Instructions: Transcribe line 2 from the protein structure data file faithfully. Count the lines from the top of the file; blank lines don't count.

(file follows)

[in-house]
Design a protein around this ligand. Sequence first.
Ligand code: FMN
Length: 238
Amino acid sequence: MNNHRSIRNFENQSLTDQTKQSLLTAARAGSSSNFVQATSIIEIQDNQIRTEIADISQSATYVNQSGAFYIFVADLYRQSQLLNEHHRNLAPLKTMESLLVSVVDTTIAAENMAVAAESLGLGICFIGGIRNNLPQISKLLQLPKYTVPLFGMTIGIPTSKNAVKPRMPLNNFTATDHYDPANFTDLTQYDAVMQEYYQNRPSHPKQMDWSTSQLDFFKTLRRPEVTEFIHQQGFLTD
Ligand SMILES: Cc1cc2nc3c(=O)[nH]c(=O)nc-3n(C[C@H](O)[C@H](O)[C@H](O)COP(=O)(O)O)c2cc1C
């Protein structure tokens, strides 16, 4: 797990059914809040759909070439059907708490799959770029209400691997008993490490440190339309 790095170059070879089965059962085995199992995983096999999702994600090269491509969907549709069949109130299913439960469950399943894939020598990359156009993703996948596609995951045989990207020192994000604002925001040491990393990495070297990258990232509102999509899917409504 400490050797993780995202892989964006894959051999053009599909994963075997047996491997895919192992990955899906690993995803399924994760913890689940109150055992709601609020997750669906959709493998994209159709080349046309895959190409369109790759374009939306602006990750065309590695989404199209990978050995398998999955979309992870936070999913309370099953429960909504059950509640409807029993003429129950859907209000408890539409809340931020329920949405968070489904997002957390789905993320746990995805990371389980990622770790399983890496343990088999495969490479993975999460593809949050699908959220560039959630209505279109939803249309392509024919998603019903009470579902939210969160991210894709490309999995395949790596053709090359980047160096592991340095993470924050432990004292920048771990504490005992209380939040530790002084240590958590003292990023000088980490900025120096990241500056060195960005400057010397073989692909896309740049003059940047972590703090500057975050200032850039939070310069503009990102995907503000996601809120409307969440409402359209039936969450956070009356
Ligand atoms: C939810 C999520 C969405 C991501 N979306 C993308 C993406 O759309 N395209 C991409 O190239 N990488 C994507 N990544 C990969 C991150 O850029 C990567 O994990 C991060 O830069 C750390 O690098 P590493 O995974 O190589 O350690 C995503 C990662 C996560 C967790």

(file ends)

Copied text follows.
Design a protein around this ligand. Sequence first.